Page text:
Saturday, October 31, 2009

Family Traditions

I think everyone knows of at least one family tradition that's been passed down from generation to generation. A popular one is that "two brothers emigrated to America, one went North, one went South..." or something of that sort. With my family there really wasn't too much information passed down on earlier generations. There were no spoken traditions on where we came from, on either side, and no one spoke of those before then. Probably the closest thing I had growing up was the story my Grandpa told me about how he and his father and grandfather had been in a car in 1921 and they drove across the train tracks right as a speeding train was coming. My Grandpa, then about 4 years old, was in the backseat and got thrown through the windshield. His father, who had been driving, made it through the crash with only some minor scratches and bruises. His grandfather however (that would be Ira Gilkison for those who read about my search for a surviving photo of him), was severely injured and died at the hospital. I don't know how much of a family tradition it is, but it was information passed from one generation to another so I guess it applies.

So there wasn't much in the way of family traditions in my family. I would find out a little bit about why later on. But once my Mom and I started looking into the family history, it didn't take long for us to connect with some Stevens cousins who clued us in on that family's tradition. I think I may have gone over this one before, but I can't remember for sure so here it is again. As usual, it surrounds our alledged immigrant ancestor, Charles Thomas Stevens. The story, as recounted by one of his many grandchildren, is that Charles was born in Bristol, England around 1755. He was a mariner who sailed around the world "several times" and was a naturalized citizen of many countries. He came to America during the Revolution and participated in that rebellion, as well as the War of 1812. He spent time as a POW during both of those wars, first on a galleon and then in a POW prison in England (more specifically, in Bristol, England-the town of his birth). After being released from prison, he returned to America and settled in Dover, NH. The story ends by saying he was the last person buried under the Old North Church in Boston in 1843.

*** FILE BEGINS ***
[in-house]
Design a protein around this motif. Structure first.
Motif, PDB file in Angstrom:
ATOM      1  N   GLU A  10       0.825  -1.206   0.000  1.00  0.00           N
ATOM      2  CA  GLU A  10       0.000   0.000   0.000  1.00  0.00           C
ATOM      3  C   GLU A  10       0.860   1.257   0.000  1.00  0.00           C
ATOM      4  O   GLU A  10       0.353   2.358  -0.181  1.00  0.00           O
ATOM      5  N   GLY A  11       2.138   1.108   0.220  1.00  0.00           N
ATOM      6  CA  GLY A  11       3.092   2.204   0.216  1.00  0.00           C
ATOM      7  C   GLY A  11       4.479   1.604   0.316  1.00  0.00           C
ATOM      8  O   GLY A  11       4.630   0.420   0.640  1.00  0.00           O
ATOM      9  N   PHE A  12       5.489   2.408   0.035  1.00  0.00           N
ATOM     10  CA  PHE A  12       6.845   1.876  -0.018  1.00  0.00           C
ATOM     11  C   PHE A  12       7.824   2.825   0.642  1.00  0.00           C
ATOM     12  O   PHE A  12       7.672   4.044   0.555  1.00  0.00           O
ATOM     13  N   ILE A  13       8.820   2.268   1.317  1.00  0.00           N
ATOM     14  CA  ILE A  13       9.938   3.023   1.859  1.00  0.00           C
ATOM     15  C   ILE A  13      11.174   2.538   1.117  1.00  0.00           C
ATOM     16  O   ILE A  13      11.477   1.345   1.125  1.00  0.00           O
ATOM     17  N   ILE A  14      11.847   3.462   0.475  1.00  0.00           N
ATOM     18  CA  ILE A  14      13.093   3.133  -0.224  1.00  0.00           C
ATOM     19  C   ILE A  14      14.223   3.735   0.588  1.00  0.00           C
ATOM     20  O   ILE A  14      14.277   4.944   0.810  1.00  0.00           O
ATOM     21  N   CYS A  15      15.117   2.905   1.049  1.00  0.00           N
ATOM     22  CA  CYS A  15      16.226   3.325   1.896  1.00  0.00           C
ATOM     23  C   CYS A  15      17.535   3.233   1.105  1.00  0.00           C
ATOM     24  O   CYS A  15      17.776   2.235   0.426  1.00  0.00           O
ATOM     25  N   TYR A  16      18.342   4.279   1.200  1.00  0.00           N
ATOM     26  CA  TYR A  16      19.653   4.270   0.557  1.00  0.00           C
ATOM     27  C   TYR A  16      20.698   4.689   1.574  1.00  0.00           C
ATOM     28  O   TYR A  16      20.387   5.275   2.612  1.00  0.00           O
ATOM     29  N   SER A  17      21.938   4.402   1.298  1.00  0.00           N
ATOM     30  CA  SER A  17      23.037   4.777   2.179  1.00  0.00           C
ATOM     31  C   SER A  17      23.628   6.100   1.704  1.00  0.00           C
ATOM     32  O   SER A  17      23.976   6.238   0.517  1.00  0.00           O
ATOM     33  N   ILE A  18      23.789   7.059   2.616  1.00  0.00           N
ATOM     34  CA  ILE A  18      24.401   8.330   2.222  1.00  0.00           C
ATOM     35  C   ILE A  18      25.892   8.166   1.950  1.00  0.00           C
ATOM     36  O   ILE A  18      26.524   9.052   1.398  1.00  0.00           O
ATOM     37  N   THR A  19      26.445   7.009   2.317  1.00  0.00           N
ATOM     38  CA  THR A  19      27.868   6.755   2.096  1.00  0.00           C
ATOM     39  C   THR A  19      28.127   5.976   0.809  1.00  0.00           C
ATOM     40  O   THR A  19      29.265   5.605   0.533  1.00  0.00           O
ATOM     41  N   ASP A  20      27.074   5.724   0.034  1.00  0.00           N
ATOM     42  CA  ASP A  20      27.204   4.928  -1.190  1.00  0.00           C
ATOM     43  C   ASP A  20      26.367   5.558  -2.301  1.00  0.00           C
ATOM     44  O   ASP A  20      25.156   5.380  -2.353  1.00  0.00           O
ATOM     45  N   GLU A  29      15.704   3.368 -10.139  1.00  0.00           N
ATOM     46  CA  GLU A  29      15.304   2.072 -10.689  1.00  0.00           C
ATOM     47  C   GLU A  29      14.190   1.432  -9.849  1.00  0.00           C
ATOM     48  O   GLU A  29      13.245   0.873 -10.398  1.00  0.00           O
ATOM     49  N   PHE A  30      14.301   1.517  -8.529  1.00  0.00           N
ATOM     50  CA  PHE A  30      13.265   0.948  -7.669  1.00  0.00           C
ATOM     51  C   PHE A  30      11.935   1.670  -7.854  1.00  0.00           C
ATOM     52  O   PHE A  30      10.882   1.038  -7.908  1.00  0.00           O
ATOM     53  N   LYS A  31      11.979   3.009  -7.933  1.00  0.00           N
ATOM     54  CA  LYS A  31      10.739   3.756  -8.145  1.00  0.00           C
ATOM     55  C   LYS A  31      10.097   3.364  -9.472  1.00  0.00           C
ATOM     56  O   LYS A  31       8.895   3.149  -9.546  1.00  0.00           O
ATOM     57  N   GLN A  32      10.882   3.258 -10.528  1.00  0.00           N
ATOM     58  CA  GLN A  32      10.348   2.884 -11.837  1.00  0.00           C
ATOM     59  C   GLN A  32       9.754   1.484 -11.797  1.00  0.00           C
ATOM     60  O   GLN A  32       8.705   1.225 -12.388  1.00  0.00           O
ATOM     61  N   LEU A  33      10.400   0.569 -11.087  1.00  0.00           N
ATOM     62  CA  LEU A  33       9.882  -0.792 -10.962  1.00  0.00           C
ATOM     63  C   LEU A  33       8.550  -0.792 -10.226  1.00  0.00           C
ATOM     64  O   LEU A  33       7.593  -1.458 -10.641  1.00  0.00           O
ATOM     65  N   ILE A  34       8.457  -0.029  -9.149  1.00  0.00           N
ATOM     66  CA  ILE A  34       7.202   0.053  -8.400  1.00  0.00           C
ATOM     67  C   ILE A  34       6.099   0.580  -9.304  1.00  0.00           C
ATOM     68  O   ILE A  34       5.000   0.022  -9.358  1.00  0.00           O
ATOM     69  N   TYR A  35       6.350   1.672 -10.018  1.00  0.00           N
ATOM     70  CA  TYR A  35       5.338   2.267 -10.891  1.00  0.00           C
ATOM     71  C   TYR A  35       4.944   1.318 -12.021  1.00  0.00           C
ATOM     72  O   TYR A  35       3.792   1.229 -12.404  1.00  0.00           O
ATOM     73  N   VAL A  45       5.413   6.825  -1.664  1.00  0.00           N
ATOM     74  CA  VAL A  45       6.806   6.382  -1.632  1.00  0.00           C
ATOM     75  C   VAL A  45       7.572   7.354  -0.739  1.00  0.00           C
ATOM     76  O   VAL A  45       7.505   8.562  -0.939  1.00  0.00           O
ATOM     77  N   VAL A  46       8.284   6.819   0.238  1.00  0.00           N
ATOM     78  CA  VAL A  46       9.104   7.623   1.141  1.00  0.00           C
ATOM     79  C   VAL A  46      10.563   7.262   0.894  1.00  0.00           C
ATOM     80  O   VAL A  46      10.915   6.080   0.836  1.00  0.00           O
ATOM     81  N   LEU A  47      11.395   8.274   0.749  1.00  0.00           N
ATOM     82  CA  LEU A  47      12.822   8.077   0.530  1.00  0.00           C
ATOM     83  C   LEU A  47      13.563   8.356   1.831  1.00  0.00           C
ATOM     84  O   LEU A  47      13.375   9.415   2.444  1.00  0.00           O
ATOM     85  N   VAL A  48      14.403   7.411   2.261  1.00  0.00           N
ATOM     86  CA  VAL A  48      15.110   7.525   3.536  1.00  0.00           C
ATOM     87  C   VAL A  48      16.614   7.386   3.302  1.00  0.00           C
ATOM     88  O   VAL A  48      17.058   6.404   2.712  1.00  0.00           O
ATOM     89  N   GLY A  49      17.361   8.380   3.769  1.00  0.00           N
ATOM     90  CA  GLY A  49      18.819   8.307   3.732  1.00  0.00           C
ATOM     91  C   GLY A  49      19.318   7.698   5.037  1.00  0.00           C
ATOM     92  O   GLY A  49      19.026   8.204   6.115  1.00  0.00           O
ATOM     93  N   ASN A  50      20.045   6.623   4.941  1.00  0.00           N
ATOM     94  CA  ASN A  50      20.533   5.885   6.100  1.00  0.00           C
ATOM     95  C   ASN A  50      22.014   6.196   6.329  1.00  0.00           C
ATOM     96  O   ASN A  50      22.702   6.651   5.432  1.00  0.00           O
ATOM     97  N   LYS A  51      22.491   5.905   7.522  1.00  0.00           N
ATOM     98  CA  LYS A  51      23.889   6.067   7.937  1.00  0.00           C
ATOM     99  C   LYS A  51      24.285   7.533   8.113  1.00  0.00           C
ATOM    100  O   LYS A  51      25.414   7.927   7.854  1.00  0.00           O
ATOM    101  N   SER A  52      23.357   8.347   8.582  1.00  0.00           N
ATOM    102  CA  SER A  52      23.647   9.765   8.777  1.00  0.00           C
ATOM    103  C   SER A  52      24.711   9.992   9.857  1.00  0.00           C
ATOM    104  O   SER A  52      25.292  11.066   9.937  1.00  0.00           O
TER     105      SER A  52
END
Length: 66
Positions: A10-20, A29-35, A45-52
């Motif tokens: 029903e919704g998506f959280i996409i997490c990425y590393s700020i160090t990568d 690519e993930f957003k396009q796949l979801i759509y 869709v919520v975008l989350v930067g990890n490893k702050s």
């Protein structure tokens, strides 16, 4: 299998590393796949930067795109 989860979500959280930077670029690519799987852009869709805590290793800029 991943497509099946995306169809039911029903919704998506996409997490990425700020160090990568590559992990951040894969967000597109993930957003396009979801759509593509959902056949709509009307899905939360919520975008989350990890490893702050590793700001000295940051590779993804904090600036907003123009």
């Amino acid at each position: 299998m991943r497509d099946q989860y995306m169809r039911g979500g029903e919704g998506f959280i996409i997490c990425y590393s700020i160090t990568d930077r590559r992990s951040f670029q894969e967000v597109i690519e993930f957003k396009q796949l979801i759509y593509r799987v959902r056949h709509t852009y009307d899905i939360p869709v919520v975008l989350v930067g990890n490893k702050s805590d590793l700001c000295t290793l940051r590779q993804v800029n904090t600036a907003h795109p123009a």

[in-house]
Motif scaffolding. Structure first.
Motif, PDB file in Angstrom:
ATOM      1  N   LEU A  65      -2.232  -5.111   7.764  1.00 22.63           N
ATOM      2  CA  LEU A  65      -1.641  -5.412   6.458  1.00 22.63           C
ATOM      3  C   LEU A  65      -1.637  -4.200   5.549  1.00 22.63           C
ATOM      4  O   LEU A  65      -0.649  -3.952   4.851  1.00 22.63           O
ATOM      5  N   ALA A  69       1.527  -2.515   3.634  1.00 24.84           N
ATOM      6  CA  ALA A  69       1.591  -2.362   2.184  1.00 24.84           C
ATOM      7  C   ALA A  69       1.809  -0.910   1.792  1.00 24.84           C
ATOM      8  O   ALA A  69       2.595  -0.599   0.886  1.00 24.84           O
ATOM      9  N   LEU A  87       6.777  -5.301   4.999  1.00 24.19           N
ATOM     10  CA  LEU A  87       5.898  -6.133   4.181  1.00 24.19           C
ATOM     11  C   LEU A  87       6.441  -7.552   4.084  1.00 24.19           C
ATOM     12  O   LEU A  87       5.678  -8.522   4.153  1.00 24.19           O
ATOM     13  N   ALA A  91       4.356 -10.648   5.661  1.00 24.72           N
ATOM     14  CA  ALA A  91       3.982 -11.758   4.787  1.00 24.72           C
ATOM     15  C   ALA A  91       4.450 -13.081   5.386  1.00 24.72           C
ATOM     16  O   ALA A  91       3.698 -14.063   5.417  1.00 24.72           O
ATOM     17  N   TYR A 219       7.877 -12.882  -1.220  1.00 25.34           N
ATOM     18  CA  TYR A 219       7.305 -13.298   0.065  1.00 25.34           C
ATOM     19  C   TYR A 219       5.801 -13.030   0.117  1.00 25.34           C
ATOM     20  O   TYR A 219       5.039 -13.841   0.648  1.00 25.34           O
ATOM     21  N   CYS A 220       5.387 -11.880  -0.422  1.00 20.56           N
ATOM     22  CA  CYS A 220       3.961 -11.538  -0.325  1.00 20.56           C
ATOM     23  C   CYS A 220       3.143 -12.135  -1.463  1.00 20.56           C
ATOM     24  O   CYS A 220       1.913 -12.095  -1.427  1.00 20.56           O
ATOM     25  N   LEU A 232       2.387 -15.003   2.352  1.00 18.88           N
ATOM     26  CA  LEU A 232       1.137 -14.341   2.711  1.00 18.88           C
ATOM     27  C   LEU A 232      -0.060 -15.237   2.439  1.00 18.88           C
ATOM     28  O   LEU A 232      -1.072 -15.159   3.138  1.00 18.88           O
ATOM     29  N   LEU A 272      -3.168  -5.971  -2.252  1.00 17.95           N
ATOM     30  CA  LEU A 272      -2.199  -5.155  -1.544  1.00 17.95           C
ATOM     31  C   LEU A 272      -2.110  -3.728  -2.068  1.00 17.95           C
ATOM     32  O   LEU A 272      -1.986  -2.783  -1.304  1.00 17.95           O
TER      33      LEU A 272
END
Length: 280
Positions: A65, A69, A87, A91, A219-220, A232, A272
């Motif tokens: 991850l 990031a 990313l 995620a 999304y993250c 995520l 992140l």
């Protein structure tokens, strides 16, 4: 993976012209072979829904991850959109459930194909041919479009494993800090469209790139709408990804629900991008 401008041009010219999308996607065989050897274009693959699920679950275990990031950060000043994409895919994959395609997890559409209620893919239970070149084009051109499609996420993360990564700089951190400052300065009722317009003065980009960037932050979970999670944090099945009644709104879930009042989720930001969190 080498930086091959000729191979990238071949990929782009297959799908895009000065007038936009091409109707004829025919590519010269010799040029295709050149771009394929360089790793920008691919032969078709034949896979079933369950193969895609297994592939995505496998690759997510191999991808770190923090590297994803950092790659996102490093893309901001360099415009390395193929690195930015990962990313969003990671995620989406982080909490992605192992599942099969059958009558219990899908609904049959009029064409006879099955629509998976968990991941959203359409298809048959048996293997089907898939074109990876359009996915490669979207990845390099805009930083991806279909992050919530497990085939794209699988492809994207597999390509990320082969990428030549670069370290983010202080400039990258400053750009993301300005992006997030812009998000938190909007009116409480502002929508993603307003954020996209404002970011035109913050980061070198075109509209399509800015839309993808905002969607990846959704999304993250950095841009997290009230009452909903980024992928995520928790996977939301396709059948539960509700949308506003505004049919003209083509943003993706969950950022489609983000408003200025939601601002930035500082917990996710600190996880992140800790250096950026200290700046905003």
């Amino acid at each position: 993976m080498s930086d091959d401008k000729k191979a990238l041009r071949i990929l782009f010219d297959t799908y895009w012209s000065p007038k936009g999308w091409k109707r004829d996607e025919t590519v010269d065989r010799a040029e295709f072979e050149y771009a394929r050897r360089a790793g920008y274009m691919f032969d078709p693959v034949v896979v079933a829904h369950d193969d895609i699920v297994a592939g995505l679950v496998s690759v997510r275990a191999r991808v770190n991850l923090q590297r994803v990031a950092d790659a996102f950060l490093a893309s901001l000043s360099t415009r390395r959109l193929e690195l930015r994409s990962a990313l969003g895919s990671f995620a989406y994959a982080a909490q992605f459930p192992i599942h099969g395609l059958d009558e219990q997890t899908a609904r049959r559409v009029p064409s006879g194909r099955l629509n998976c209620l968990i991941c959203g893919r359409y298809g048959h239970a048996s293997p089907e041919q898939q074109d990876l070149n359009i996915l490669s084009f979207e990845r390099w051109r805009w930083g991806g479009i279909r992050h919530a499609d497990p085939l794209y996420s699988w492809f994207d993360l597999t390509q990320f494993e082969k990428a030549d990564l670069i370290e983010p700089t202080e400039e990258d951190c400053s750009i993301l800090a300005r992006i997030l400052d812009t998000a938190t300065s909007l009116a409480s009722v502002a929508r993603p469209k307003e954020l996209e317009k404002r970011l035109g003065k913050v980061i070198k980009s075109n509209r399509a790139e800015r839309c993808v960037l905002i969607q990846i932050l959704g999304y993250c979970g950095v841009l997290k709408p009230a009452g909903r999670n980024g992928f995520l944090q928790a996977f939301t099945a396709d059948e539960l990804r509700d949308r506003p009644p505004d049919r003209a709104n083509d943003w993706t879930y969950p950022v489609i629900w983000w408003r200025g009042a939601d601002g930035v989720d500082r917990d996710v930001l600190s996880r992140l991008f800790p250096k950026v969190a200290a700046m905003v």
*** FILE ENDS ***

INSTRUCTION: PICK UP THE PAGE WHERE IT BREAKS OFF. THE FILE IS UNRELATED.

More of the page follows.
There's quite a bit in this little gem. I've really only scratched the surface on Charles but I have been able to find some facts within this rather grandiose tale. He is in fact buried at Old North and died in 1843 at the age of 88, though he was not the last man to be buried there. He also settled in Dover, NH at least from 1805 which is the earliest I've been able to find him as a grantor in the land indexes there. On that deed however, he was described as "of Dover" which implies that he had been living there prior to this transaction. So I haven't been able to establish exactly when he came to Dover yet. Keeping in mind the story that he was a POW for a time, there is always the possibility that that played a part in the break between records of residence. But there are really quite a few other possibilities to look into as well and quite a bit to investigate about his life too. Sounds like an interesting guy for sure though.

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